The answer is both yes and no.
We are seeing more and more customers complaining that they called their bank and were turned down. We recently talked about what to do when your HARP loan is declined, but it’s important to understand why it was declined. Most important is that you may actually qualify for HARP even if you have been turned down!
Bigger banks are being choosey about which HARP loans they will do and which they won’t. For example: Bank A might only do Fannie Mae HARP refinances, whereas Bank B may only do Freddie Mac HARP refinances. If you have a Fannie Mae loan, and call Bank B you would be declined. But you still may qualify for a HARP refinance! Another example is that some of the large banks are not doing HARP loans that currently have mortgage insurance.
Another concern with the bigger banks participation with HARP is their terms. We are getting reports from customers everyday that the terms they are being quoted from their bank are very high. Borrowers are being asked to pay interest rates well above the current market, to pay points, or to bring excessive amounts of cash to the closing. In the mortgage business that is known as pricing yourself out of the market. The bigger banks are under political pressure to show support for this program, that may be a reason to price themselves out of the market. They can claim they are participating, but have terms undesirable enough to drive away homeowners.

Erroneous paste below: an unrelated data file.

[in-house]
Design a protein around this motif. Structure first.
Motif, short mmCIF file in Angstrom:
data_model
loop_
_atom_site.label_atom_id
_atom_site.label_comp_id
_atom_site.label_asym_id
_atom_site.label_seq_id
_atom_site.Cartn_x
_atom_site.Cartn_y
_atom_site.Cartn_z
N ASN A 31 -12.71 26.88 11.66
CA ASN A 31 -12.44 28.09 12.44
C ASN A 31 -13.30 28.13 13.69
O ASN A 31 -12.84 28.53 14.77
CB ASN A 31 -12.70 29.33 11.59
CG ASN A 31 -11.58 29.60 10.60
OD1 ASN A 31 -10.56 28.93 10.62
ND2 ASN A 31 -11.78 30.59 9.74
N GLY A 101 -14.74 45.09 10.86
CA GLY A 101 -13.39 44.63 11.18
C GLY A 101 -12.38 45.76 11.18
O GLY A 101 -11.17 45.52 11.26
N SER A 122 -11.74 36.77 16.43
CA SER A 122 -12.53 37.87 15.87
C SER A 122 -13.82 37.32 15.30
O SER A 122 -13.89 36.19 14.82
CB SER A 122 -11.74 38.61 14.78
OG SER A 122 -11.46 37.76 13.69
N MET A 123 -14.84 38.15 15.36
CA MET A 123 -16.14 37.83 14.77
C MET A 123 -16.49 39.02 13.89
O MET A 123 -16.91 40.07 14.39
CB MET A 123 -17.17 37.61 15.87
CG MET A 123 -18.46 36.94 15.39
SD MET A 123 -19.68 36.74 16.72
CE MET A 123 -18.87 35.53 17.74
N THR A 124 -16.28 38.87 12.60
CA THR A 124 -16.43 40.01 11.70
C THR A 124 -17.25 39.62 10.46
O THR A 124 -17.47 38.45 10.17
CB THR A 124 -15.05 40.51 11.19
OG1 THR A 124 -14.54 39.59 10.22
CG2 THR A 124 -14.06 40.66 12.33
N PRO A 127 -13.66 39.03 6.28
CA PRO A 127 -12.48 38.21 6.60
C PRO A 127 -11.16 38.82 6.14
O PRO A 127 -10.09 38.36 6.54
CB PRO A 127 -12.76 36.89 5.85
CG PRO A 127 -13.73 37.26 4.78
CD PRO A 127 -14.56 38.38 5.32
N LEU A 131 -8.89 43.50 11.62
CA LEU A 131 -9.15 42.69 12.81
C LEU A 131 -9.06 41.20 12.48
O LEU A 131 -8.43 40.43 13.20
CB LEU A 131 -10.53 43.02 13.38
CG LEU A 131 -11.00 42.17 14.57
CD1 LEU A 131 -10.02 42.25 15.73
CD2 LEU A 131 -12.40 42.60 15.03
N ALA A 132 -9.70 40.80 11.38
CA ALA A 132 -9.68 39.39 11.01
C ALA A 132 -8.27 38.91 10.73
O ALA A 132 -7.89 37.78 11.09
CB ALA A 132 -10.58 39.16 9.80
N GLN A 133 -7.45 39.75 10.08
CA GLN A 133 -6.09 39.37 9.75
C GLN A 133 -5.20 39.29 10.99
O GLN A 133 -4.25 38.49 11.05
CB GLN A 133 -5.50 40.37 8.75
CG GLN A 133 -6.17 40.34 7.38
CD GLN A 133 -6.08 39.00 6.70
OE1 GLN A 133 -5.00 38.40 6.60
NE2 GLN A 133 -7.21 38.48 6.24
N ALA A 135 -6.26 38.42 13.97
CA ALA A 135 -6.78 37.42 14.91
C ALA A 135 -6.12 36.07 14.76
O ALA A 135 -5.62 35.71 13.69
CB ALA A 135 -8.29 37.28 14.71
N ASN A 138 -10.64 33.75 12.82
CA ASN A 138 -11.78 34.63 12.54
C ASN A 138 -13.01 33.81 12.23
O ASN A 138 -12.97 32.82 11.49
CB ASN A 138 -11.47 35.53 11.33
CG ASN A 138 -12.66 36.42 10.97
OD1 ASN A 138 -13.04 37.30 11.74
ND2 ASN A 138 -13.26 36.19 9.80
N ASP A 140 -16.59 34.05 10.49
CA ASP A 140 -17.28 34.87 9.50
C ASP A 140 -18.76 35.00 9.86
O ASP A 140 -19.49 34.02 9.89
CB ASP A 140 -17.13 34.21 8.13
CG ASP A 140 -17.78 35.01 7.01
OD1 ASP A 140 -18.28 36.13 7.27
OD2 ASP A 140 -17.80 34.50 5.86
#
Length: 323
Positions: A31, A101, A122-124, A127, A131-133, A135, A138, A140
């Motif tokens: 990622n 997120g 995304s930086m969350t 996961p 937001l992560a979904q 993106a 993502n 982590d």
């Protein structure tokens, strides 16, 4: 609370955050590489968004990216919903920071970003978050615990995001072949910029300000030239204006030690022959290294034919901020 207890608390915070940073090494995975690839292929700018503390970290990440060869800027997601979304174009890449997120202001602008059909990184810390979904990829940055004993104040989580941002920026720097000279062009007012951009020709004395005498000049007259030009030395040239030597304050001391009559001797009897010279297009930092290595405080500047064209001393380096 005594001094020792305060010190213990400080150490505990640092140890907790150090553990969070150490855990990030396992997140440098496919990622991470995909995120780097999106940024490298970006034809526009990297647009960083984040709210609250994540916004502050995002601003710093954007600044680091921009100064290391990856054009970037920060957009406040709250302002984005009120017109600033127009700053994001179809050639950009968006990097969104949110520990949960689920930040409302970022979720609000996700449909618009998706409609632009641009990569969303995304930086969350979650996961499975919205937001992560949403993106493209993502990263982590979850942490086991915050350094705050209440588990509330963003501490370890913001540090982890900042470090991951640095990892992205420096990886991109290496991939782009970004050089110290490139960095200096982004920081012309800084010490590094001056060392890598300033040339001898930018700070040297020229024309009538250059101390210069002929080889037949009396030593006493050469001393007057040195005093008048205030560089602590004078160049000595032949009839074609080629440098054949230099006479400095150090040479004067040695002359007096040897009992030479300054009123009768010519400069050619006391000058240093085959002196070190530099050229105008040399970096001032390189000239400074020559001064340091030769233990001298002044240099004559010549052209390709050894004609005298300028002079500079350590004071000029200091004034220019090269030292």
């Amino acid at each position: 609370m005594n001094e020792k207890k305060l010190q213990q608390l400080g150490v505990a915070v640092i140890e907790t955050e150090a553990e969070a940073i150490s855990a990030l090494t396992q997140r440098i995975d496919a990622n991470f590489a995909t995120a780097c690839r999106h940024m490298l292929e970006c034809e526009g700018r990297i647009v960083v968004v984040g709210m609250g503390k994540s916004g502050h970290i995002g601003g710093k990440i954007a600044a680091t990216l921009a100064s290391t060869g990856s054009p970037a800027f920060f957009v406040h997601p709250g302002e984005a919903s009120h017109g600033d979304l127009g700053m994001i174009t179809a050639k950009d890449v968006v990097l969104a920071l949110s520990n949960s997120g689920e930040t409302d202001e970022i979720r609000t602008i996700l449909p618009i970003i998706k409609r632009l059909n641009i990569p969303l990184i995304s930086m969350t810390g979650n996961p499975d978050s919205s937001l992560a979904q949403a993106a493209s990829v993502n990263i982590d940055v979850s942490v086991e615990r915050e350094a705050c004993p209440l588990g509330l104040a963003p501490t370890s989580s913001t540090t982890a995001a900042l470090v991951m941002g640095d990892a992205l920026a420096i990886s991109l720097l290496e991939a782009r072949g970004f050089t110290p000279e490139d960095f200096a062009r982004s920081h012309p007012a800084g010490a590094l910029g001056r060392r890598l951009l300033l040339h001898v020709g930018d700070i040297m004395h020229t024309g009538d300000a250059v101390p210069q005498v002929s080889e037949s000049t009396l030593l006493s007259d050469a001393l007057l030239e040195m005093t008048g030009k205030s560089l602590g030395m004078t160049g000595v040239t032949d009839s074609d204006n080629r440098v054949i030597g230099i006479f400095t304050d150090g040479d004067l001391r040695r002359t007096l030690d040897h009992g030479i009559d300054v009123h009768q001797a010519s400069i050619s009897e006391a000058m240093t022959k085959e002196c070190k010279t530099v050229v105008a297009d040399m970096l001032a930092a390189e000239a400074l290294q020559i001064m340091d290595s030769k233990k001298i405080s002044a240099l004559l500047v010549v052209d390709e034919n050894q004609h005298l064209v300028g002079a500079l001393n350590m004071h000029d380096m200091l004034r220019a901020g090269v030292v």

Our suggestion is to speak with a large “Mortgage Banker.” These are sizeable entities (lending over a Billion Dollars per year) with the primary focus of originating mortgages. In general they have access to the broadest range of HARP refinances and can find a way to get your mortgage refinanced if it qualifies for HARP.
You can use the form to the side to find a Mortgage Banker in your area that is participating in HARP. Most importantly, if you have been turned down for HARP by one of the big banks, make sure you ask them WHY!